With 5 requests a record .. you could test 100 passwords per request. Which works out to 30,000 per minute. Once the script gets stopped by zone labs interruption, the second iframe can take those 100 that were stopped and run a second brute on that shortlist.

  2. Legionnaire Says:

    Indeed this is very disturbing. A piece of software, claiming to provide security, in fact misdirects the users and leaves them with a false sense of security which is much worse than a sense of insecurity.

    Some quick ideas on how these programs can demonstrate a more vague attitude:

    - A “safe” list of servers is maintained and if the plaintext submission is to a server outside that list, then an alert is raised. That list includes all the servers the security software is handling. So when an error pops up you don’t really know that the transmitted plaintext is the one for the specified server. You simply know that you have hit a plaintext for one of the servers in the list and that the current session is with a server outside that list.

    - To scramble a predictive behavior (used by attackers to find your password by brute forcing - just like RS described), when an alert is raised, the security software sends garbage instead of the password but still sends something. So the attacker does not notice a change in his brute force efforts.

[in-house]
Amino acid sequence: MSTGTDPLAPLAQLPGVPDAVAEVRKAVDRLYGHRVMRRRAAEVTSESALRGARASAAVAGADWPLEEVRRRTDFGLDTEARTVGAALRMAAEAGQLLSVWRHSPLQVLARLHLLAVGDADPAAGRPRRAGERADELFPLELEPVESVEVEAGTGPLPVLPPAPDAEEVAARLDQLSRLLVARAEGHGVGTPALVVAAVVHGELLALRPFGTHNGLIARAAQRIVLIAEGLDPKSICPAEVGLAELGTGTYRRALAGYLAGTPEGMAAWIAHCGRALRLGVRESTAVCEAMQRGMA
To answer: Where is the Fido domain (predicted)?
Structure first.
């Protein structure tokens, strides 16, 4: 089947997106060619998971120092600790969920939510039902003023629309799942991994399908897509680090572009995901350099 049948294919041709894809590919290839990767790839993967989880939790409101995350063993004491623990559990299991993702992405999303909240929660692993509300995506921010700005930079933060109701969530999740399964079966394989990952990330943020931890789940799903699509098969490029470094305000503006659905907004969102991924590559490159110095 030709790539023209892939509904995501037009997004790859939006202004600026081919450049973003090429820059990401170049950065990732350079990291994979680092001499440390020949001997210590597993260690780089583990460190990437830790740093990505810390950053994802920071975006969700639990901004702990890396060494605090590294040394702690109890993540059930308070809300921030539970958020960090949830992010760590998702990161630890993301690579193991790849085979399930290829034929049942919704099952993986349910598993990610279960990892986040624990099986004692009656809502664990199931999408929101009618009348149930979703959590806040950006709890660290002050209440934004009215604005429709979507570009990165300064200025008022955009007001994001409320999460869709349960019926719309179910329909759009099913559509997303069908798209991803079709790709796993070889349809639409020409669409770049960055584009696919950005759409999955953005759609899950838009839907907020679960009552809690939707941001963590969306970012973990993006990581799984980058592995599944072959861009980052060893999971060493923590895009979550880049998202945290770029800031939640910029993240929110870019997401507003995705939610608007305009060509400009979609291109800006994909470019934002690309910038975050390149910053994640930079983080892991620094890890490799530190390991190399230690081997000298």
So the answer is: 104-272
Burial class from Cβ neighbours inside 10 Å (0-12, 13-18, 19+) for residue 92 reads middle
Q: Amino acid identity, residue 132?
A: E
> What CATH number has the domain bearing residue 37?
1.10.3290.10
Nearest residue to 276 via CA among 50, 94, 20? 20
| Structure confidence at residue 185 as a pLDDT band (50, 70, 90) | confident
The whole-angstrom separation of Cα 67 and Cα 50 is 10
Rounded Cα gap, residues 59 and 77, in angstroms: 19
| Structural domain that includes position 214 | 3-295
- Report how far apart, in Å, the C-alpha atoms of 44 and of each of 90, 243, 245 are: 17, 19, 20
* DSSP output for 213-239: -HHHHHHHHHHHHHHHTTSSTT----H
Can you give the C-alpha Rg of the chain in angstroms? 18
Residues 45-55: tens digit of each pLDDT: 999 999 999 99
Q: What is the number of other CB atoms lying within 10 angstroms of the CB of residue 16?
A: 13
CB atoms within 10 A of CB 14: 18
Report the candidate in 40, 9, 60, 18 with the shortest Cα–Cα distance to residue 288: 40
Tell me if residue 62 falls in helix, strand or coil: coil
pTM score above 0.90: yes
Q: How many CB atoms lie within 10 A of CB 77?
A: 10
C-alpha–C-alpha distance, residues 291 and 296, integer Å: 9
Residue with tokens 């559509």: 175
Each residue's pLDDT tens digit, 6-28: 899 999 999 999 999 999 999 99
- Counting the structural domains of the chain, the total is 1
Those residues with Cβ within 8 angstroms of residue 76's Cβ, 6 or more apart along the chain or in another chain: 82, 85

e.g. if by brute force you hit the (correct) password “demo3D!” but the server verification fails, the software will submit “klopp3d7″ (just random alphanumerical string).

    - In general, a security software must NEVER give out information about a failed authentication. So it must never say “the information A is not correct”. It must say “there has been an error. goodbye”.

  3. RSnake Says:

    e.g. if by brute force you hit the (correct) password “demo3D!” but the server verification fails, the software will submit “klopp3d7″ (just random alphanumerical string).

    That one probably won’t help you in the case of brute force. If I know that the user’s security application did that I’d just look to see if the password didn’t match the order of the passwords I expected (I have to know the order anyway, because I have to know what would have been sent next had they not had the security installed).